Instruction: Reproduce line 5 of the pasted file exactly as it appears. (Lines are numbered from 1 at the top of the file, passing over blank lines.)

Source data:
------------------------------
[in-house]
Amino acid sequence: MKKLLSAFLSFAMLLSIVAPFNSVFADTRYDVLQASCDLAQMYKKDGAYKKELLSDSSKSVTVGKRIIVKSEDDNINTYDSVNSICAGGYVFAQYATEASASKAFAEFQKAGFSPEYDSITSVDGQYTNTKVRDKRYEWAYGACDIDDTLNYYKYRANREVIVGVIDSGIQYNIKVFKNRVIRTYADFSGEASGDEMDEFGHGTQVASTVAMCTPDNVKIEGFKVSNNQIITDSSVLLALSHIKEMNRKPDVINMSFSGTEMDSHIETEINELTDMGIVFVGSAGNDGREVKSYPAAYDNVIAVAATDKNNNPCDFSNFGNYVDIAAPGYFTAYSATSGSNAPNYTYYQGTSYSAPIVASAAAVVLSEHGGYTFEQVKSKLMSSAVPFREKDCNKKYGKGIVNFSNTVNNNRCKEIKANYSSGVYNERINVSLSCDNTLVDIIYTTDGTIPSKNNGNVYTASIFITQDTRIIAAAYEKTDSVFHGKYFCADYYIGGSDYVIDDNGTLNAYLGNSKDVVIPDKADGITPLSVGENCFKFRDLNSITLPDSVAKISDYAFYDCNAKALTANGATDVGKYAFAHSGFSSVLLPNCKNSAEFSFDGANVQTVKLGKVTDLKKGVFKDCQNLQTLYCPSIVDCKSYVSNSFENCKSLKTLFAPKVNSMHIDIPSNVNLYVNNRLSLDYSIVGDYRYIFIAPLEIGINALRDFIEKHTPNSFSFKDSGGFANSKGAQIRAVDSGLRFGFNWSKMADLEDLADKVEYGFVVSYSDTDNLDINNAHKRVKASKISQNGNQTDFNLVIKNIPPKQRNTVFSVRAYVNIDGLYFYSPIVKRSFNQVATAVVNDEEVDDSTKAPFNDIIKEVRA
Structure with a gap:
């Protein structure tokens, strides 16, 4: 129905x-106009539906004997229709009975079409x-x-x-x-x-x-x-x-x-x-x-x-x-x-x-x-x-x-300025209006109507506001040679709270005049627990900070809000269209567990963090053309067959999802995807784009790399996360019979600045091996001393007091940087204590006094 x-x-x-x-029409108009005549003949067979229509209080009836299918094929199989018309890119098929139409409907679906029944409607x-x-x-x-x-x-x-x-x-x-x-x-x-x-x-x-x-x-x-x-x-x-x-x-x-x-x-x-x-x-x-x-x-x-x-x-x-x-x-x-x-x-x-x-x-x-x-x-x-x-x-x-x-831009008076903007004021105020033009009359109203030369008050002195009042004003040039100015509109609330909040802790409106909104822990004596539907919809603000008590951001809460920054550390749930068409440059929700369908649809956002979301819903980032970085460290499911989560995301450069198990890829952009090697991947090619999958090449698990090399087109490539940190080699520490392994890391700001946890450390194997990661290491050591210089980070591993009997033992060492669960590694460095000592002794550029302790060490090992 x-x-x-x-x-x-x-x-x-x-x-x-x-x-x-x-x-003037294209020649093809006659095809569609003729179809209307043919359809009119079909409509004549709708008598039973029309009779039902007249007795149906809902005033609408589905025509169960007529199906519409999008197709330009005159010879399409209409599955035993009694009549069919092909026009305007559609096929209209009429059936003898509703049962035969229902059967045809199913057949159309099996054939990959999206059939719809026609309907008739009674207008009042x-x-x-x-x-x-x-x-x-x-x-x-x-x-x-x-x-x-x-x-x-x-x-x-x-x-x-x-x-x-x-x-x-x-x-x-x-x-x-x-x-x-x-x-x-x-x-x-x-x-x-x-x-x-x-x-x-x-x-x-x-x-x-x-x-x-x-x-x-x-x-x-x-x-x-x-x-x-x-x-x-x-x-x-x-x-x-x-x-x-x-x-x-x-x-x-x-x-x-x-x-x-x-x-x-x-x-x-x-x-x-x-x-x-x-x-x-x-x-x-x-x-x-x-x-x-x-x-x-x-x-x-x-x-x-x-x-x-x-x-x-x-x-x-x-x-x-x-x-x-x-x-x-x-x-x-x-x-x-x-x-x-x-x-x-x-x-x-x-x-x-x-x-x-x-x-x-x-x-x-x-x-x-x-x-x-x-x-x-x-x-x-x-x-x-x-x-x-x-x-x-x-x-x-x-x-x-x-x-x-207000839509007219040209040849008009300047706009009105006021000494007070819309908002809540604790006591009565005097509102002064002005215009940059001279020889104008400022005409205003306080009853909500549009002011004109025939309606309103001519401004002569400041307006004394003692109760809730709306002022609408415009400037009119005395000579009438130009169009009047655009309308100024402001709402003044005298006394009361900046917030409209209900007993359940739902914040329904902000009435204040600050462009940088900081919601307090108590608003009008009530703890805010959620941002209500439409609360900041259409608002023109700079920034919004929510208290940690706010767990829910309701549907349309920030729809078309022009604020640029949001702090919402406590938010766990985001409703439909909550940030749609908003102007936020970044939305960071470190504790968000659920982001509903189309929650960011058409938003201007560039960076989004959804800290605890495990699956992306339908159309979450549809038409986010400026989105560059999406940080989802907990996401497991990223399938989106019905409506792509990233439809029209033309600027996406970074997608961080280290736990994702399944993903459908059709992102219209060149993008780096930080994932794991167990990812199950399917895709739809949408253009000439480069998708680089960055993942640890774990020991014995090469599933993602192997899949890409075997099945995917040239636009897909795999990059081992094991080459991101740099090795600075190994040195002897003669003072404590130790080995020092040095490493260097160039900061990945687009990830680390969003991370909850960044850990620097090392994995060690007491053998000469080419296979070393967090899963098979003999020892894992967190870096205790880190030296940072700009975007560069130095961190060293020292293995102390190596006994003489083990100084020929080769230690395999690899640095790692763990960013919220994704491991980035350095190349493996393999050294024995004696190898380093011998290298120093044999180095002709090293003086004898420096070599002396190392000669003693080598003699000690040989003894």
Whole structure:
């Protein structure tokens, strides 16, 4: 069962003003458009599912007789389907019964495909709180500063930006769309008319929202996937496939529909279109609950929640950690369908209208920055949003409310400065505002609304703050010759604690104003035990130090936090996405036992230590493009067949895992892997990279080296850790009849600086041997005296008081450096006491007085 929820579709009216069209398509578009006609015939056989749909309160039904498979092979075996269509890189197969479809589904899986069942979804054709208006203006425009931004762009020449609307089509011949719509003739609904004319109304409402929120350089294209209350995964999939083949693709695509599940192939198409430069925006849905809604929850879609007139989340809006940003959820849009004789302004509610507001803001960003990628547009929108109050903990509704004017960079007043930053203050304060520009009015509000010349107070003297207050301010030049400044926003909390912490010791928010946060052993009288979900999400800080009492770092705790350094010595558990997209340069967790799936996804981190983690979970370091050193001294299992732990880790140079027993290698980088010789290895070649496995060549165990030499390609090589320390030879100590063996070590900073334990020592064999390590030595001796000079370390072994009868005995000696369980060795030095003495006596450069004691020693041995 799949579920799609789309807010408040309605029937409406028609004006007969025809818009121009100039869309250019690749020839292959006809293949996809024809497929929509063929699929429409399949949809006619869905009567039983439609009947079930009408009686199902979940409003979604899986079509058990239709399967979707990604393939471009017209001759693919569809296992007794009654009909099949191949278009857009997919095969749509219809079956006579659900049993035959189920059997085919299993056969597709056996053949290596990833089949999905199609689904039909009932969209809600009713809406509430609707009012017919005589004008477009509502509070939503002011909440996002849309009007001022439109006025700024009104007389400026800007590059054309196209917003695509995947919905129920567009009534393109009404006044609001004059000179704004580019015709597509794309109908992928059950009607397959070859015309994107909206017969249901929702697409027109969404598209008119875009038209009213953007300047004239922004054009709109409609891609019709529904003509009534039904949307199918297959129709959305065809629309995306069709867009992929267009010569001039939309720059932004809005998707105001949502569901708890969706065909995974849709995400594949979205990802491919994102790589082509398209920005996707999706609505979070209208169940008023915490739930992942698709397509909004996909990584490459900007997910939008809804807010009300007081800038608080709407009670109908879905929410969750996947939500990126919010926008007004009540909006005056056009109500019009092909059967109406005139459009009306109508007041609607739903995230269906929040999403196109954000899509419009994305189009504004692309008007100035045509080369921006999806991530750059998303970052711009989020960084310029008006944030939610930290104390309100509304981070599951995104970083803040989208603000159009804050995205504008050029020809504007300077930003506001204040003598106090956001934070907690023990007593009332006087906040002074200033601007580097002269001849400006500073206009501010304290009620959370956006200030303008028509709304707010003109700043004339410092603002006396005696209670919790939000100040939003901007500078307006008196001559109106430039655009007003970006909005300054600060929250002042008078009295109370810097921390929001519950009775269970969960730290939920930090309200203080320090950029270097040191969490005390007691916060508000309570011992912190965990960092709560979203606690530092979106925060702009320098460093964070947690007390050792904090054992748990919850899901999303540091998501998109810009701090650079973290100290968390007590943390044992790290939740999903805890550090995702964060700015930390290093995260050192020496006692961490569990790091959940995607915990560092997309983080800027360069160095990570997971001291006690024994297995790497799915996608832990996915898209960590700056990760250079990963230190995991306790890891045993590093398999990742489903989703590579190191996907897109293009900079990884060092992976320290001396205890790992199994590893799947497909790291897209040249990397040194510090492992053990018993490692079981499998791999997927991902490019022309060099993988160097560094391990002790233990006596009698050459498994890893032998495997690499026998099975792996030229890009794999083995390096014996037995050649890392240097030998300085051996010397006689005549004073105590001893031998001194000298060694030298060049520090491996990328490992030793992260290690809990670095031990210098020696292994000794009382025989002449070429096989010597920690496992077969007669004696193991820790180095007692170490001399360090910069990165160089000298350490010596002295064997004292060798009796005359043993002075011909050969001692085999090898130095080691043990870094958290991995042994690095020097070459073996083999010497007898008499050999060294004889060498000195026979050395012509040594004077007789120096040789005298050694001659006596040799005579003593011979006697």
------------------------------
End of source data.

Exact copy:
Whole structure: